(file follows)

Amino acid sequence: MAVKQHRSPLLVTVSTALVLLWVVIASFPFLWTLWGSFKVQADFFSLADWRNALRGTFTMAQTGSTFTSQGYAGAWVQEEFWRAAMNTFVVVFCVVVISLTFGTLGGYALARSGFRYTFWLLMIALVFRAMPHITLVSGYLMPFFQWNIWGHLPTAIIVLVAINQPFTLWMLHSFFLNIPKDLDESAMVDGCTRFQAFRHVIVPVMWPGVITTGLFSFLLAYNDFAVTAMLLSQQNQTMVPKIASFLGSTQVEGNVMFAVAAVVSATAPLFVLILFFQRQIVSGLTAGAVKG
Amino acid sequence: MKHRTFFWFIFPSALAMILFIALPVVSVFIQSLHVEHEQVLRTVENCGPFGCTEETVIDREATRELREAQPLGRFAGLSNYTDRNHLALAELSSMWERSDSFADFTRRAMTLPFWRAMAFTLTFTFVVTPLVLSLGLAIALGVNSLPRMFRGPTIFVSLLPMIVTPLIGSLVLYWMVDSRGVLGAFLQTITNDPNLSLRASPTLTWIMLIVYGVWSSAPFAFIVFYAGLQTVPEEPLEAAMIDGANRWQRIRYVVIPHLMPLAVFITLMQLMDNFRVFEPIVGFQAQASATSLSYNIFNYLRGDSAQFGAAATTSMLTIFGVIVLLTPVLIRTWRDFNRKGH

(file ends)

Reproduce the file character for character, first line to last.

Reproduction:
Amino acid sequence: MAVKQHRSPLLVTVSTALVLLWVVIASFPFLWTLWGSFKVQADFFSLADWRNALRGTFTMAQTGSTFTSQGYAGAWVQEEFWRAAMNTFVVVFCVVVISLTFGTLGGYALARSGFRYTFWLLMIALVFRAMPHITLVSGYLMPFFQWNIWGHLPTAIIVLVAINQPFTLWMLHSFFLNIPKDLDESAMVDGCTRFQAFRHVIVPVMWPGVITTGLFSFLLAYNDFAVTAMLLSQQNQTMVPKIASFLGSTQVEGNVMFAVAAVVSATAPLFVLILFFQRQIVSGLTAGAVKG
Amino acid sequence: MKHRTFFWFIFPSALAMILFIALPVVSVFIQSLHVEHEQVLRTVENCGPFGCTEETVIDREATRELREAQPLGRFAGLSNYTDRNHLALAELSSMWERSDSFADFTRRAMTLPFWRAMAFTLTFTFVVTPLVLSLGLAIALGVNSLPRMFRGPTIFVSLLPMIVTPLIGSLVLYWMVDSRGVLGAFLQTITNDPNLSLRASPTLTWIMLIVYGVWSSAPFAFIVFYAGLQTVPEEPLEAAMIDGANRWQRIRYVVIPHLMPLAVFITLMQLMDNFRVFEPIVGFQAQASATSLSYNIFNYLRGDSAQFGAAATTSMLTIFGVIVLLTPVLIRTWRDFNRKGH